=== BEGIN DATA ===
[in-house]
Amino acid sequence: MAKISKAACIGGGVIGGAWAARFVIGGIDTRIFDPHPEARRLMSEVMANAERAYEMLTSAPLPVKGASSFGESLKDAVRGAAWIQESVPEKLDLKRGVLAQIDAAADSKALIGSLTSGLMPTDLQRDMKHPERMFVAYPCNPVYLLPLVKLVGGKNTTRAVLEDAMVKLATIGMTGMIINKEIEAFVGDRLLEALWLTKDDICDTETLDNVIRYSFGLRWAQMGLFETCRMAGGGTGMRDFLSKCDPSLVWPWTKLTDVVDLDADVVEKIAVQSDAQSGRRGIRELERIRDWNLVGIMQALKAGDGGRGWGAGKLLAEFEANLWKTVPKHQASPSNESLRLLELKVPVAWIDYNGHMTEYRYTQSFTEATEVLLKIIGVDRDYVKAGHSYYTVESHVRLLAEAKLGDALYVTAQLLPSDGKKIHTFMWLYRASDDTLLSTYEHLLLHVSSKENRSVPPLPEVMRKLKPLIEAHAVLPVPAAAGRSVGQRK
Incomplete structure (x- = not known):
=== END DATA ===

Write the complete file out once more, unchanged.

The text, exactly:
[in-house]
Amino acid sequence: MAKISKAACIGGGVIGGAWAARFVIGGIDTRIFDPHPEARRLMSEVMANAERAYEMLTSAPLPVKGASSFGESLKDAVRGAAWIQESVPEKLDLKRGVLAQIDAAADSKALIGSLTSGLMPTDLQRDMKHPERMFVAYPCNPVYLLPLVKLVGGKNTTRAVLEDAMVKLATIGMTGMIINKEIEAFVGDRLLEALWLTKDDICDTETLDNVIRYSFGLRWAQMGLFETCRMAGGGTGMRDFLSKCDPSLVWPWTKLTDVVDLDADVVEKIAVQSDAQSGRRGIRELERIRDWNLVGIMQALKAGDGGRGWGAGKLLAEFEANLWKTVPKHQASPSNESLRLLELKVPVAWIDYNGHMTEYRYTQSFTEATEVLLKIIGVDRDYVKAGHSYYTVESHVRLLAEAKLGDALYVTAQLLPSDGKKIHTFMWLYRASDDTLLSTYEHLLLHVSSKENRSVPPLPEVMRKLKPLIEAHAVLPVPAAAGRSVGQRK
Incomplete structure (x- = not known):